A woman's place in the new Egypt

By Leana Hosea
BBC News, Cairo

image captionWhat now for Cairo's female revolutionaries?

Women were out in force during the popular uprisings that toppled Egyptian President Hosni Mubarak, but their future in post-revolutionary Egypt is not so certain.

The role of women in the Egyptian revolution was vital to its success - from smuggling food and medical supplies into the square under their clothing, to ripping up the pavement for rocks and facing a barrage of Molotov cocktails.

Egyptian women proved to the world that they were not voiceless and oppressed.

Many Egyptians saw Tahrir Square, the focus of the revolution, as a microcosm of the perfect Egyptian society.

Strict Muslim Salafis shared stories and food with girls wearing tight jeans and smoking cigarettes.

Up until the day Hosni Mubarak stepped down, there were no reported cases of sexual harassment - a big problem in Egypt - and women slept safely next to men in makeshift tents.

Fresh violence

But the shine was tarnished with the shocking sexual assault of CBS reporter Lara Logan during the celebrations in Tahrir Square.

Any hopes there may have been that this was an anomaly were dashed when a protest by hundreds of women demanding equal rights and an end to sexual harassment turned violent last week.

A group of men attacked the demonstrators, telling them to go home where they belong.

So how much have things changed for women and what are their demands in the new Egypt?

Women's rights activist Engy Ghozlan says that what happened on International Women's Day shows that the revolution has not changed any of Egypt's social problems.

"We were faced by abusive men making fun of our demands, saying that a woman should never run for president," she said.

With no police present and the army initially keeping their distance, the women were sexually harassed, beaten and even threatened with knives.

"Around 100 religious extremists were screaming at us to get out of Tahrir and started to chase us out. It was really chaotic," says Ms Ghozlan.

"In the revolution we were all united and we all wanted the system to go, but our social behaviour hasn't changed."

But Fatma Adel, a 22-year-old singer and Tahrir revolutionary, says she does see some changes in social attitudes.

In a recent incident, a group of men intervened to protect her from being harassed.

image captionWomen celebrate the ousting of President Mubarak in Cairo's Tahrir Square

"This would never happen before, but now people have lost their fear and regained their dignity. Before the revolution, men didn't have their rights and would take out the injustice they felt on women. If all Egyptians have their human rights, women's rights will be achieved."

New confidence

Even if many men haven't yet changed their attitude towards women since the revolution, journalist Shaimaa Abul Kheir believes women's self worth has increased.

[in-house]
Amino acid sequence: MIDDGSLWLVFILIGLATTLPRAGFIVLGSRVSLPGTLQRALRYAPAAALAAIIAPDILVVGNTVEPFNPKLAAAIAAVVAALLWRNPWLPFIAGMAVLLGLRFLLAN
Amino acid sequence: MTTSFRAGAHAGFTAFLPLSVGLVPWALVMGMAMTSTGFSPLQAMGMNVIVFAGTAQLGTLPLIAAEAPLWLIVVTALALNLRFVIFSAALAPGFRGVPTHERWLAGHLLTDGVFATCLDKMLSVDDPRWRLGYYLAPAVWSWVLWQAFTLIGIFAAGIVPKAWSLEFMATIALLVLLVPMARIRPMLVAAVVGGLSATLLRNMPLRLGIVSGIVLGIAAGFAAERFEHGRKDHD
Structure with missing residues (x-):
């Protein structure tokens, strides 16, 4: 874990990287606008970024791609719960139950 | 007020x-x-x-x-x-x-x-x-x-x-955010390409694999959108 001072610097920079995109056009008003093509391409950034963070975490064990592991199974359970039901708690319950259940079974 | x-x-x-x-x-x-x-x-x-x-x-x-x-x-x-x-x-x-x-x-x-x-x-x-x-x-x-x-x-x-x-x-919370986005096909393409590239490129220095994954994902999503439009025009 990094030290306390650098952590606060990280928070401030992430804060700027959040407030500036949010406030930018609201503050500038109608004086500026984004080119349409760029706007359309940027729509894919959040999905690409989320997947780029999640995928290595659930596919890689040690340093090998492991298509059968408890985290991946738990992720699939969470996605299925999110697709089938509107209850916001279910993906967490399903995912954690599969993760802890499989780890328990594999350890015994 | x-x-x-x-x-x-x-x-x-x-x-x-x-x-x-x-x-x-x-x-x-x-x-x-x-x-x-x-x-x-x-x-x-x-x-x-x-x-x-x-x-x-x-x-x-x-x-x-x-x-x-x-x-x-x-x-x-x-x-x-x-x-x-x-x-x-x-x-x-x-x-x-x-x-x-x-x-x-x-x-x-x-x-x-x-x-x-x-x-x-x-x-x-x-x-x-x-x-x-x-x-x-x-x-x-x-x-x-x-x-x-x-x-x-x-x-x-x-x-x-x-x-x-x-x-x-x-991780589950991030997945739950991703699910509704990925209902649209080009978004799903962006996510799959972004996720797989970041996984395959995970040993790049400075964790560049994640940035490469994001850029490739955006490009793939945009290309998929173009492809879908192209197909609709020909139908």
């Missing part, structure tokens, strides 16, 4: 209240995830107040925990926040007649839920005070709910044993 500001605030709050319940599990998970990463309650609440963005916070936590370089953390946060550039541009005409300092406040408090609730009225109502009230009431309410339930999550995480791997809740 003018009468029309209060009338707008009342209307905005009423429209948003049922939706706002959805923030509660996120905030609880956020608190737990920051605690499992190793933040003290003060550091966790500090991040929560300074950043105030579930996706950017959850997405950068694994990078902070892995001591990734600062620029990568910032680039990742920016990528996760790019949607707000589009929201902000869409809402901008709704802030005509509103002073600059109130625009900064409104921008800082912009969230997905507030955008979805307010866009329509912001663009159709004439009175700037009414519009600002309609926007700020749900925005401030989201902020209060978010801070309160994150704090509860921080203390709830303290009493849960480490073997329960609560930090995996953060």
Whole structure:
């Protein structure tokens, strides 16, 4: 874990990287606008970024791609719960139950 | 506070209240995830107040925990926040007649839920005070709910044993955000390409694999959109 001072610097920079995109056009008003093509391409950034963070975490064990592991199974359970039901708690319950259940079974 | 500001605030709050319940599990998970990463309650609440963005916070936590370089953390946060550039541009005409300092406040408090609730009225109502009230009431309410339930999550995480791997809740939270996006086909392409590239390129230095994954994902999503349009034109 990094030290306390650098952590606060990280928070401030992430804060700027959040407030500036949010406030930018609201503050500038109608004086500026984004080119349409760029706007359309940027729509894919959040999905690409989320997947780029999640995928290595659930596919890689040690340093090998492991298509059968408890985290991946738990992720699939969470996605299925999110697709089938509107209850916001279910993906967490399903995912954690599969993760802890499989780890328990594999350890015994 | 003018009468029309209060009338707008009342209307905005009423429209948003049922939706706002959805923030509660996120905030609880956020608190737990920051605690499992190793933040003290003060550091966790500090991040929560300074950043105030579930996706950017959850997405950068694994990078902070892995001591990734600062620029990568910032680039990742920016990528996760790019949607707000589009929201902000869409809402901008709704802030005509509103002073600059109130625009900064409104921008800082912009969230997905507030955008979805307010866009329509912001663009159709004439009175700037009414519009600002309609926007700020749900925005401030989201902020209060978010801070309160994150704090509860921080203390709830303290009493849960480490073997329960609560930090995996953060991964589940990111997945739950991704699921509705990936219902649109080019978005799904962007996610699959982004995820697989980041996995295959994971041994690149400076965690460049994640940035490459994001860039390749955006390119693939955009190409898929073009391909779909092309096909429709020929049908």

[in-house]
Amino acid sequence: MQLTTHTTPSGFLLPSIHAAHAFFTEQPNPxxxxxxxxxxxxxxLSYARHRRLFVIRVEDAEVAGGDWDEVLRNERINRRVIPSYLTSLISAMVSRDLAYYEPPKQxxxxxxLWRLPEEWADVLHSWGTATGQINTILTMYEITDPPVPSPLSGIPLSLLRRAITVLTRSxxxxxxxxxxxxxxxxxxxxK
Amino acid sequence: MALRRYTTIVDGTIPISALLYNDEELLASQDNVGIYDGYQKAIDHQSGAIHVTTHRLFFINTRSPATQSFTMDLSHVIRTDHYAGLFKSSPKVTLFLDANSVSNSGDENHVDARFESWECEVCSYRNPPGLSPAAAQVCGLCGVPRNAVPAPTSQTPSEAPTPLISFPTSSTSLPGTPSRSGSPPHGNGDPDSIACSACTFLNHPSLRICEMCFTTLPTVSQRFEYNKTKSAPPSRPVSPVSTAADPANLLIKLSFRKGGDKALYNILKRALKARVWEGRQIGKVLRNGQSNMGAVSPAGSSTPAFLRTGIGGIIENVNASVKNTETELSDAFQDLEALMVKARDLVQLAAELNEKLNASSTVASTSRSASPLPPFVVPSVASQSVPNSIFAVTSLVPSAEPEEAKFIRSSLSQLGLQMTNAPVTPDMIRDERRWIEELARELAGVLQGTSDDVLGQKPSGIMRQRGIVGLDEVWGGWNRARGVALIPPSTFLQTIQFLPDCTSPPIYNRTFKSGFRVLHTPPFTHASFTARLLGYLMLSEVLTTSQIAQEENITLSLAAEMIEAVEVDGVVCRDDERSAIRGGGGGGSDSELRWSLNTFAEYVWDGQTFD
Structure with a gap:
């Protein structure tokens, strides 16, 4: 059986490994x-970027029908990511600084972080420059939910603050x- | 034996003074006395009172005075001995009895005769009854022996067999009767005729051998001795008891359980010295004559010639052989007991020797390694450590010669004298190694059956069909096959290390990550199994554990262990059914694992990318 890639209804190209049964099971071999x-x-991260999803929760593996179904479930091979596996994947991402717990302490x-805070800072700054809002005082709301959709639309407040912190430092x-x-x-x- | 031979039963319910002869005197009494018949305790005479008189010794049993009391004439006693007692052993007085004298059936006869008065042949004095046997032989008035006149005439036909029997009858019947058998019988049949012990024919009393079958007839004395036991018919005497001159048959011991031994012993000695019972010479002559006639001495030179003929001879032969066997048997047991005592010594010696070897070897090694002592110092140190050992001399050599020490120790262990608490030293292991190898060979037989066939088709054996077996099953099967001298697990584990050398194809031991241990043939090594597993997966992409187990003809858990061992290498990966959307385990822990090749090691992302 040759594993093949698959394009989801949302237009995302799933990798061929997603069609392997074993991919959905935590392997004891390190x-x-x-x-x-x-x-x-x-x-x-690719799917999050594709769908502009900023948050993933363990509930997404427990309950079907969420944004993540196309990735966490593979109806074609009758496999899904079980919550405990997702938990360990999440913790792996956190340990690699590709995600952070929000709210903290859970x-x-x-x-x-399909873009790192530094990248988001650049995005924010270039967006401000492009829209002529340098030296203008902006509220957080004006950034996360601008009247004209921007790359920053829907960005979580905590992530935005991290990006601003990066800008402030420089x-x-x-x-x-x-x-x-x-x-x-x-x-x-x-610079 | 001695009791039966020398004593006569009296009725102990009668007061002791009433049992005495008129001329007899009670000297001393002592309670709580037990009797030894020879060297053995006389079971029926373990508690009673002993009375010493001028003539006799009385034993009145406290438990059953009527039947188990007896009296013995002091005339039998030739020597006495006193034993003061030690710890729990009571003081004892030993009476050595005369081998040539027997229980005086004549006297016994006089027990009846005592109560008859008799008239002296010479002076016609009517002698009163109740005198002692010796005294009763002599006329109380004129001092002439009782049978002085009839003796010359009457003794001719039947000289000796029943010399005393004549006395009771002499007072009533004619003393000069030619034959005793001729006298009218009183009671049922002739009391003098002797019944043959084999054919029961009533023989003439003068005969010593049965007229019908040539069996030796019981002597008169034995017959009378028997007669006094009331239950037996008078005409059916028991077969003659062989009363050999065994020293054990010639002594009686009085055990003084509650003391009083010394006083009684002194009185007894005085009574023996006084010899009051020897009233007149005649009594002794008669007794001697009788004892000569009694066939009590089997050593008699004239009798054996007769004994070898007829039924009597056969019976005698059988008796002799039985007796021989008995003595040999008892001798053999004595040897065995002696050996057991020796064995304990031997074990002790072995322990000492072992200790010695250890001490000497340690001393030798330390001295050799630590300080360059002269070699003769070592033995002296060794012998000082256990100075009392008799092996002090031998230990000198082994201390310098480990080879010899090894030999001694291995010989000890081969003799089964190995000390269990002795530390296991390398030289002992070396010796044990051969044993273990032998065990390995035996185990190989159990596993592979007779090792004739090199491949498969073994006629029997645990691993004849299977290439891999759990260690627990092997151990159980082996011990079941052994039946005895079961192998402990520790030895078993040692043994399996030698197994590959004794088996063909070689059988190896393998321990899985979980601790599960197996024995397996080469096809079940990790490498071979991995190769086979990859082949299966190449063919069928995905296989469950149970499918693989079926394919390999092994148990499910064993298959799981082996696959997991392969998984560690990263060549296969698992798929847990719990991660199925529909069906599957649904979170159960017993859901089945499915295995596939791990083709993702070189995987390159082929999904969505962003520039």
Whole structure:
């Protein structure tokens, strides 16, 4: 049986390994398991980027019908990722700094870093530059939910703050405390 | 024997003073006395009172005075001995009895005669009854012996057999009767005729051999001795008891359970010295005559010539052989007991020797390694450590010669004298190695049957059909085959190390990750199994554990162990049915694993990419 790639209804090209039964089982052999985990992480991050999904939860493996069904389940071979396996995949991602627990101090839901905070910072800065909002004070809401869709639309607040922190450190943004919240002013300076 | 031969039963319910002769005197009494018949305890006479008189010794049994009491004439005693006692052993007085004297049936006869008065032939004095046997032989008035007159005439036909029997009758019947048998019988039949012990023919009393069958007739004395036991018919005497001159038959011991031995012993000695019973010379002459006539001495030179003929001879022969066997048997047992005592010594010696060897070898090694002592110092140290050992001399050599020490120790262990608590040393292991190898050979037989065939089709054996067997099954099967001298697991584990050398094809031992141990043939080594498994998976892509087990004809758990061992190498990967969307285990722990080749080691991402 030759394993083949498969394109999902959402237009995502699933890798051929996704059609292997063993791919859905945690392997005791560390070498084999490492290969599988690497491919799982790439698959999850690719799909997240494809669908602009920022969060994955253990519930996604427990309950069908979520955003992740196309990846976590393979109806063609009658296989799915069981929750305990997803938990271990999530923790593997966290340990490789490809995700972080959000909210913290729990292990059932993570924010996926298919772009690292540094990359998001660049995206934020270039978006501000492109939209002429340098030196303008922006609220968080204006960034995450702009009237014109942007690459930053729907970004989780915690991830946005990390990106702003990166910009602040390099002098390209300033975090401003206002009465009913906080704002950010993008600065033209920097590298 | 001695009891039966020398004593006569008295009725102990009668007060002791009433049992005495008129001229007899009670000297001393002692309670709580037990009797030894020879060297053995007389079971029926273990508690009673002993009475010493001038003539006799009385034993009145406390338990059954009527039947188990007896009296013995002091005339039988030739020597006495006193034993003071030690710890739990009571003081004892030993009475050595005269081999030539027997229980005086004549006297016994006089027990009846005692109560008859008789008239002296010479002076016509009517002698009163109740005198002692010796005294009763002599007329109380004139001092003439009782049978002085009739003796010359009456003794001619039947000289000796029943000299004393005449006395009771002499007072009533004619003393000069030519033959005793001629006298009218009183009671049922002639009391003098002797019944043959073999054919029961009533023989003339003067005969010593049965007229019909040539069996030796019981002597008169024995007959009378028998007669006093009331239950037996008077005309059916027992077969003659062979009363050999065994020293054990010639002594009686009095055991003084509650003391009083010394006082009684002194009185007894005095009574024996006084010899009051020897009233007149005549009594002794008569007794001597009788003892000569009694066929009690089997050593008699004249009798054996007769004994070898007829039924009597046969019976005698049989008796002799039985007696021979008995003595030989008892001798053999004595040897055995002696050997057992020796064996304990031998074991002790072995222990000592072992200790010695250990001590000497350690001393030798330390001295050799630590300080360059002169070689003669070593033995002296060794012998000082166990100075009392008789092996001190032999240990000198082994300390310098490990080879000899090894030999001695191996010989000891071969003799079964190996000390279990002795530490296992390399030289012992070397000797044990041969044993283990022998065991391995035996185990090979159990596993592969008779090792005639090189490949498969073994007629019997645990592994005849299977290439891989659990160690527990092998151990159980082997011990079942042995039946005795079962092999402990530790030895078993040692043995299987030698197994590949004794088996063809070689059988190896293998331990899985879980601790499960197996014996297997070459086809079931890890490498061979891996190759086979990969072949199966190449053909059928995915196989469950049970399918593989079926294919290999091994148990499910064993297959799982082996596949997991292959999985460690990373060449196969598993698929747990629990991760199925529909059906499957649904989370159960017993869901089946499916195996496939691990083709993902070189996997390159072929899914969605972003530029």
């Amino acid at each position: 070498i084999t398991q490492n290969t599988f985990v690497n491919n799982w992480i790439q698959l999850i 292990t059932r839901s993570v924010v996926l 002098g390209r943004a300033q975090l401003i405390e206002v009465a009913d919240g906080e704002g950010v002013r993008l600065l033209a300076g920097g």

"As a result of taking part in the revolution, Egyptian women now see themselves as equal to men and have the confidence to demand their rights. We've proved that we can organise and effect change and the challenge for us and all Egyptians is to make sure extremists don't take control."

This is a challenge Engy Ghozlan believes will be difficult unless there is more female inclusion in the political process.

"There are no women in the transition government and not many are represented in the opposition parties, so I don't see how we can move towards a real democracy."

Last year, parliament passed a law mandating the creation of 64 new seats in the house that must go to women.

But journalist Shaimaa Abul Kheir wants this quota to be cancelled.

"This takes away our dignity. We don't need to be forced anywhere, we can make it on our own merit."

But singer Fatma is more hopeful.

"Women will play a bigger role in parliament and the cabinet now. Perhaps we can't have a female president yet, but as our education and awareness improves, so do the chances."

All this means nothing, however, to 25-year-old Hemmat Ahmed, who sells vegetables on a wooden cart at the side of a busy Cairo road.

"I stand here from 0600 every day to feed my children and I earn more money than my husband, who doesn't have a regular job. I left school and went to work when I was eight years old, but I'll make sure my children get an education, even if I have to beg for it."

She has no faith in the political system and thinks that the new president, whoever it may be, will continue to steal the country's riches.

"At least Hosni Mubarak was full from 30 years of robbery.

"People will soon be back in Tahrir because nothing will change. There are no jobs, no good salaries, I can't even afford oil and sugar anymore.

"All I dream of is to have a home and some new clothes for my children."